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Tuesday, October 04, 2011

Tuesday Lectionary Leanings - The Kingdom of God is Like Edition

I've been been away from the official lectionary for a awhile as we journeyed through the Season of Creation in my congregation.

So it is a bit of a shock to jump back into Matthew this week. The pleasant comic to your left (which came, by the way from this delightful site) notwithstanding, the parable in this week's gospel reading isn't much of soothing bedtime story. In fact, on a first quick read it can sound more like the nightly news headlines than the good news: "Murder!" "Angry King Punishes Guests!" "Wailing and Gnashing of Teeth at 11!" Scary stuff.

Maybe that scary stuff, though, is more consequence than punishment. Christ is calling us to new life, right here and now. There's no time for business as usual, for showing up wearing our same old stuff. All THAT gets us, is the pain that comes when we're separated from God and the new life Christ wants for us. Are you ready to be called? Chosen? Both?

How will you preach the good news this week? Maybe, you are walking with Paul through Philippians instead. Or, are you continuing a series on Exodus? Or, something else all together? Comment away!


  1. Wow, I've never been first!
    Technically, it's not Tuesday here yet. BUT I'm not sure what I'm doing; the last few weeks I've done Paul and/or Matthew. I'm off the next two weeks, so maybe I need to look at what's coming up when I get back. See you later on Tues.

  2. Would someone please tell me whether this any bearing in reality? Many are called - by God; few are chosen - by themselves. God calls us no matter what shape our lives are in. We want to think that the choice is ours so we go back to work, continue as we were, dress inappropriately (metaphorically speaking). We think we should not choose ourselves because we are too busy, too broken, too clueless -- when we have already been called.

  3. Over on THQ they talked about this parable being meat for Calvinists. I don't think so, but it is gristle for universalists. The best pitch I've heard on it is to focus on the feast and free clothes. It was not a burden on the people - they just had to accept it. The one who rejected it, was allowed to reject it. We can choose to reject Christ's gift. God loves us enough to let us choose, even when it breaks his heart. Every parent gets a taste of this.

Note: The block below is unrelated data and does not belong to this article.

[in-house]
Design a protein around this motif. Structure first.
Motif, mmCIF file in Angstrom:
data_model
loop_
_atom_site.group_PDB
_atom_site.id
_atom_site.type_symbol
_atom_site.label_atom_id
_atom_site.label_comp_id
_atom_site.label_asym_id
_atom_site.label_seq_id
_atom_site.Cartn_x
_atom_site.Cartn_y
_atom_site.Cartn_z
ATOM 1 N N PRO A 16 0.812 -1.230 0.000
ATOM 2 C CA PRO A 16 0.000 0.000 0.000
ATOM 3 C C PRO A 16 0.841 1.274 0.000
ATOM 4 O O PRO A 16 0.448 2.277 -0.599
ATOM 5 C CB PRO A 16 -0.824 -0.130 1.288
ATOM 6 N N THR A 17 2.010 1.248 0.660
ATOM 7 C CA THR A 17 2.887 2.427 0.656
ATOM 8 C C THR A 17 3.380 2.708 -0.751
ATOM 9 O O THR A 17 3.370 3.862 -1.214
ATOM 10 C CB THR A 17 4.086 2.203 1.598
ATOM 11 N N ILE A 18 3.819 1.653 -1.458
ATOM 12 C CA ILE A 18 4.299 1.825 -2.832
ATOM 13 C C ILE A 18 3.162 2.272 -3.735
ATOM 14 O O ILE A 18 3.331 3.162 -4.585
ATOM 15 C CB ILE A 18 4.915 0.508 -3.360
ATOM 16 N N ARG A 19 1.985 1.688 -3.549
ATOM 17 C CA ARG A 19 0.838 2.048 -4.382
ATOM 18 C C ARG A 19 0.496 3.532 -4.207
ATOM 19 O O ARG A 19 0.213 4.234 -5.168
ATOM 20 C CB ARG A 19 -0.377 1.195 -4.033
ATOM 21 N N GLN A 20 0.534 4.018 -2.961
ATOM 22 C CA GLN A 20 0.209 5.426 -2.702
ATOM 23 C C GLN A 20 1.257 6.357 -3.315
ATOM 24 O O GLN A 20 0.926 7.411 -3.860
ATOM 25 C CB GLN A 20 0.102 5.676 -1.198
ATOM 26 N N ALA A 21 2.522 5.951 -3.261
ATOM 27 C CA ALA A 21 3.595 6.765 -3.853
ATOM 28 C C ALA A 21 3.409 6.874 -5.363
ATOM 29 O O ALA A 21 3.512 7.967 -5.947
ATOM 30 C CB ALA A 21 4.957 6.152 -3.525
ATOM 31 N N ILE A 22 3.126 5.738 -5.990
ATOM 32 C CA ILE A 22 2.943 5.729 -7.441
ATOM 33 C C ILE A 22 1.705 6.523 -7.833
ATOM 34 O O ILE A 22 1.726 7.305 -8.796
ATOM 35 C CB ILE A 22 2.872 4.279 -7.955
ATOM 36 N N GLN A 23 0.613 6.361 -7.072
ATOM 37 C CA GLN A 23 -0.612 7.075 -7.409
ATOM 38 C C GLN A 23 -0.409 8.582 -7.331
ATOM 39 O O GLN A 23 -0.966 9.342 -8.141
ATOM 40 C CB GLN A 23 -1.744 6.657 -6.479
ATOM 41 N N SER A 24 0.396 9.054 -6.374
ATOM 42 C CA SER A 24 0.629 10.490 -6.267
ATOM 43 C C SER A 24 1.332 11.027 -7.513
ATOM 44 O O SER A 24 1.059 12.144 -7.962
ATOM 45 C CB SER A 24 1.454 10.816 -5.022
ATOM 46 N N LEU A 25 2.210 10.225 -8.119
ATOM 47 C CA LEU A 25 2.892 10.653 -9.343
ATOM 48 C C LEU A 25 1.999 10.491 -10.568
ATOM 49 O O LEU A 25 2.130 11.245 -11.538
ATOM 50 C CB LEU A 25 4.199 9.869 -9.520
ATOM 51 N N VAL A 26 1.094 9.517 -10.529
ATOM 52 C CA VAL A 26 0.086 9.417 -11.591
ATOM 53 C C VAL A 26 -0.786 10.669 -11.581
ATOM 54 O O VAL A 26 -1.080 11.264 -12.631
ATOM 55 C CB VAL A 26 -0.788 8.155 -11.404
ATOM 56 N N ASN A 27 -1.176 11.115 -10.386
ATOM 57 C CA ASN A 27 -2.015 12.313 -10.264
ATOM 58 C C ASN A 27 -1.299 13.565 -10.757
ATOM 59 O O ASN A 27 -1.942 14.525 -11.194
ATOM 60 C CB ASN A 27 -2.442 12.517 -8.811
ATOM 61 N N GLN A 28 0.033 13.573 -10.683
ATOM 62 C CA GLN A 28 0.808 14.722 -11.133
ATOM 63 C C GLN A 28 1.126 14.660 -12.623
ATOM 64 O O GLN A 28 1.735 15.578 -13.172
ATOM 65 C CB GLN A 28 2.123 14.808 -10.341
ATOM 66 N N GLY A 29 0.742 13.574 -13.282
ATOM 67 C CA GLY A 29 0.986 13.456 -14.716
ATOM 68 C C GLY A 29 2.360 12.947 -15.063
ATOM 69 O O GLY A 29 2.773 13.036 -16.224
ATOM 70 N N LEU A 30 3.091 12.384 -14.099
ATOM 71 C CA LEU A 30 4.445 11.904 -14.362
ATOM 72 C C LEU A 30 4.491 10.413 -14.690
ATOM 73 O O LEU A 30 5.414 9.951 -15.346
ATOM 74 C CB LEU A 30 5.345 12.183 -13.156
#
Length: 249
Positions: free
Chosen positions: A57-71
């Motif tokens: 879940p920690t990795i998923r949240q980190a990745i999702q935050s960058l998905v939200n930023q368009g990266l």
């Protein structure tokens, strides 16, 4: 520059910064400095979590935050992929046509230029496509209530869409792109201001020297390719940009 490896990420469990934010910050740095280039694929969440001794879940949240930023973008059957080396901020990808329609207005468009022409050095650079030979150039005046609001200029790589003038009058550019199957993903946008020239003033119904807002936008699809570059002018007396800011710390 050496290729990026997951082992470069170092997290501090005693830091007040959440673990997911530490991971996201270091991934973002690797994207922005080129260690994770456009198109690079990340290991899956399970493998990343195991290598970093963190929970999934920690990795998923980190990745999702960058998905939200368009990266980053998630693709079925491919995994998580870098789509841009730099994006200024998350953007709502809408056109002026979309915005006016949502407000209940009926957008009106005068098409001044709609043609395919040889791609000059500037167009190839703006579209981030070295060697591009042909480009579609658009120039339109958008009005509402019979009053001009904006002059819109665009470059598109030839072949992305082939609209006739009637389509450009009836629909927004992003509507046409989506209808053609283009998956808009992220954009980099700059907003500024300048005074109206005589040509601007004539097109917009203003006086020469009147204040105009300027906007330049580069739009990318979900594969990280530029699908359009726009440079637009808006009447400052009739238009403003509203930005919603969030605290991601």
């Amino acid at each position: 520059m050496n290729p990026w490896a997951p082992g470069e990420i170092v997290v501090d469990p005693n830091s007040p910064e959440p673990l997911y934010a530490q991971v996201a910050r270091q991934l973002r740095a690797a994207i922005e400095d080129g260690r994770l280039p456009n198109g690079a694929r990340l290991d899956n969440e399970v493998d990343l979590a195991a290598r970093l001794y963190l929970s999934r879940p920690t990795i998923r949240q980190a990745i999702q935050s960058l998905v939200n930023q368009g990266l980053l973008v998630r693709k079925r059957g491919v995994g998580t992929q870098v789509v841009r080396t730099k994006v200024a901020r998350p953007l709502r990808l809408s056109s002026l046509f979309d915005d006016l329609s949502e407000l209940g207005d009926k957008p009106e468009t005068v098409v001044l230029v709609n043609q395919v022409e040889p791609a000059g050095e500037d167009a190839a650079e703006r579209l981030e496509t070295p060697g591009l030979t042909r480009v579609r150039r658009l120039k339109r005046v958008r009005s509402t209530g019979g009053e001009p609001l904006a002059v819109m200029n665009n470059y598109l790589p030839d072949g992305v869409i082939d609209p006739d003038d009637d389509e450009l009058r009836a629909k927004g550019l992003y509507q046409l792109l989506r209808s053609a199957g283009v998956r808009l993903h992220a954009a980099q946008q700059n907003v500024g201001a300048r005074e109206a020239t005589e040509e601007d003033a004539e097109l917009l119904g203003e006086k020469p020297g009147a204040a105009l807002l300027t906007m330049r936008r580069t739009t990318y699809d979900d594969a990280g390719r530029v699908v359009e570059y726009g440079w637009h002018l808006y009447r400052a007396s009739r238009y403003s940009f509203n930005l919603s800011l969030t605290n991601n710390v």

4. Robin - I like your take on the gospel. I'm in the middle of a 2 month series on the epsitle readings (I'm never doing such a long series again!!) and the opening theme was Paul's instruction in Romans to 'put on Jesus'. I like it - we are called by God, then we disqualify ourselves. We neglect/refuse to put on the wedding clothes because we feel unworthy of such fine garmets, or we feel there is nothing wrong with the way we are 'dressed', or we just want to wear the 'comfy clothes' of our familiar routines. I think I can use your thinking as a way to combine this unsettling gospel with my sermon on Philippian joy.

  5. BTW - for those preaching on Philippians, wouldn't vers 8 make a great tshirt - with a big "WHATEVER" on the front and then on the back the verse? Part of me wants to ditch the series theme and preach a sermon titled "Whatever..." On second thought, with the readings in Isaiah about the feast to come, the wedding banquet in Matthew and all that rejoicing in Philippians, maybe the sermon should be "God loves a good party"

  6. I am off-lectionary this week as we are having a celebration of 100 years as a congregation. And there keep being more little bits of stuff to create for the service.

    Like a candle liturgy for the past present future and a bench dedication. And then there is a tree planting after worship

  7. My NT prof in seminary once made a comment about the end of this parable. The man is invited to a come as you are party and then gets punished because he came as he was...

  8. This gospel lesson is a tough one. In my lectionary group this morning someone said Matthew clearly had an axe to grind; who with, we wondered?
    I'm debating several approaches to the text, including "what the heck?" How do we understand a text that presents a view of God foreign to our experience and beliefs? Can we get around this by reminding ourselves it's a parable and not an allegory? (Way too easy to read this as a sort of Calvinist allegory.) I have a feeling I'll be doing more homework than usual--which doesn't always make for a good sermon.

  9. Ramona - thanks! We disqualify ourselves - just the phrase I need.


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